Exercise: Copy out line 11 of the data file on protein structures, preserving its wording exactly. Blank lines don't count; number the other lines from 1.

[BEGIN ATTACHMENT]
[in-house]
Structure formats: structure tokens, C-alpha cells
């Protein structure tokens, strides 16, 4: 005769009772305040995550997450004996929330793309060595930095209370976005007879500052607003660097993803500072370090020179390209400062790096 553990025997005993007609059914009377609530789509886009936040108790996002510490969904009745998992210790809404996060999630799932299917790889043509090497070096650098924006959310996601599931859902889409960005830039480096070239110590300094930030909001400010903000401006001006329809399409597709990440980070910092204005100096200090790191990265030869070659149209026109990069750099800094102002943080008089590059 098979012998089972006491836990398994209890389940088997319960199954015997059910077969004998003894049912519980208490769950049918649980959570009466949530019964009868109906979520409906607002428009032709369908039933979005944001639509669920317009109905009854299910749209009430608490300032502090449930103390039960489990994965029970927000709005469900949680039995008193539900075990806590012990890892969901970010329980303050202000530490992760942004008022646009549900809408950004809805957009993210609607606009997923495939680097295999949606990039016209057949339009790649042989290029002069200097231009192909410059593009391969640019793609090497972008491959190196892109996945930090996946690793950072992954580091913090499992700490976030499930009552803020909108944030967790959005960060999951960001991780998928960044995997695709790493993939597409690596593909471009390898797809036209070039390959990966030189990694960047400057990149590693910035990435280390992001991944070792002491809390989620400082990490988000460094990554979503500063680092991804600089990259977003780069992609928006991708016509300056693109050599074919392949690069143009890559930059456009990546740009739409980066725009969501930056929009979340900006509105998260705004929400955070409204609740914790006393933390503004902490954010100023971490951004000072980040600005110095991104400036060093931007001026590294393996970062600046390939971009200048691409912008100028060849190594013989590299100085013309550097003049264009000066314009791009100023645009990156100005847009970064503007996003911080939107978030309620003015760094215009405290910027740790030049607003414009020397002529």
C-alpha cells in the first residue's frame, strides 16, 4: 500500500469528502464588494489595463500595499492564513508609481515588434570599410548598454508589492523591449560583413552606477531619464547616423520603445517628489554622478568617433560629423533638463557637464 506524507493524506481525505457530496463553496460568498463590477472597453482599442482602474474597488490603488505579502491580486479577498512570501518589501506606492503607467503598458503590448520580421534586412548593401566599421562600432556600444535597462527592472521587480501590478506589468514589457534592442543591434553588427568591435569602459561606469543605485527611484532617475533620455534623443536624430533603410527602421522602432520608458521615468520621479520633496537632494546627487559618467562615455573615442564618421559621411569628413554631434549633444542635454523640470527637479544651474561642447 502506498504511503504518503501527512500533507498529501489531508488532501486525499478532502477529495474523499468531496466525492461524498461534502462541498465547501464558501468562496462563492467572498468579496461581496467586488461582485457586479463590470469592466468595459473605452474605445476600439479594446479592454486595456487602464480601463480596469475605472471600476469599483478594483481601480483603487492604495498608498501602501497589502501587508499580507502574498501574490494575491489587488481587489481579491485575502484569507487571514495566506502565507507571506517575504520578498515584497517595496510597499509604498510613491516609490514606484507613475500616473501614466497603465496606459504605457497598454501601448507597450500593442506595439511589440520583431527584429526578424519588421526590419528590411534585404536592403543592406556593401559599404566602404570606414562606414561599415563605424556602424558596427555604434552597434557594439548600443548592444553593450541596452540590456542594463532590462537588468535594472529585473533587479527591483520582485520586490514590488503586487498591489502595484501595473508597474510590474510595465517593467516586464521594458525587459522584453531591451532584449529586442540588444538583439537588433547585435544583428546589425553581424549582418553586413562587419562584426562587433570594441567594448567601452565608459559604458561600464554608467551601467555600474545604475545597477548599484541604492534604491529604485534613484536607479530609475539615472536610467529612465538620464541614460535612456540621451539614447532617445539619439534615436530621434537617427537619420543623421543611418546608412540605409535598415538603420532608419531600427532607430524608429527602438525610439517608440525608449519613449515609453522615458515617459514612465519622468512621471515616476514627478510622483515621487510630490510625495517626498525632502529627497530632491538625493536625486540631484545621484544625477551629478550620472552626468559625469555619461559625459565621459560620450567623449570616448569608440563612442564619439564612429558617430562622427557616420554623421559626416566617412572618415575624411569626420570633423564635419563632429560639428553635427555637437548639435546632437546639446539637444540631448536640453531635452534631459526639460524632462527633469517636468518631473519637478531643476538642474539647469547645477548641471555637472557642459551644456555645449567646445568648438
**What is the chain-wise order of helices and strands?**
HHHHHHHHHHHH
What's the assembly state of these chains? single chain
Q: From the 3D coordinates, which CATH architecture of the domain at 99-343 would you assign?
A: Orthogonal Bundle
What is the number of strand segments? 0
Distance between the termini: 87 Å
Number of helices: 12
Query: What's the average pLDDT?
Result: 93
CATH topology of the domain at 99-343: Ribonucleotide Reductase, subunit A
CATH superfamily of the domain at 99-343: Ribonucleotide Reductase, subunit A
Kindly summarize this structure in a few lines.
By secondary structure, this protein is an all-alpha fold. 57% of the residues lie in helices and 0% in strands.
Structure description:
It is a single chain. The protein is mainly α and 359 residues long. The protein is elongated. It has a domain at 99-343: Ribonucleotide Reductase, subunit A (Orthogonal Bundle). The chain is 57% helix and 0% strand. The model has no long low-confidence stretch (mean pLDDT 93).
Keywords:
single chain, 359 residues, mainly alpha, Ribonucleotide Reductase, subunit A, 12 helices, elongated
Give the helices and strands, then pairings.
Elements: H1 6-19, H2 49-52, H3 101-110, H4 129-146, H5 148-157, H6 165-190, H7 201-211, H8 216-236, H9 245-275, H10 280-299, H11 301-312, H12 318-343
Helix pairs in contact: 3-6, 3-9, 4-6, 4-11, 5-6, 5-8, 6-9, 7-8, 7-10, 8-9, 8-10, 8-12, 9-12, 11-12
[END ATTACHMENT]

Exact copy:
Distance between the termini: 87 Å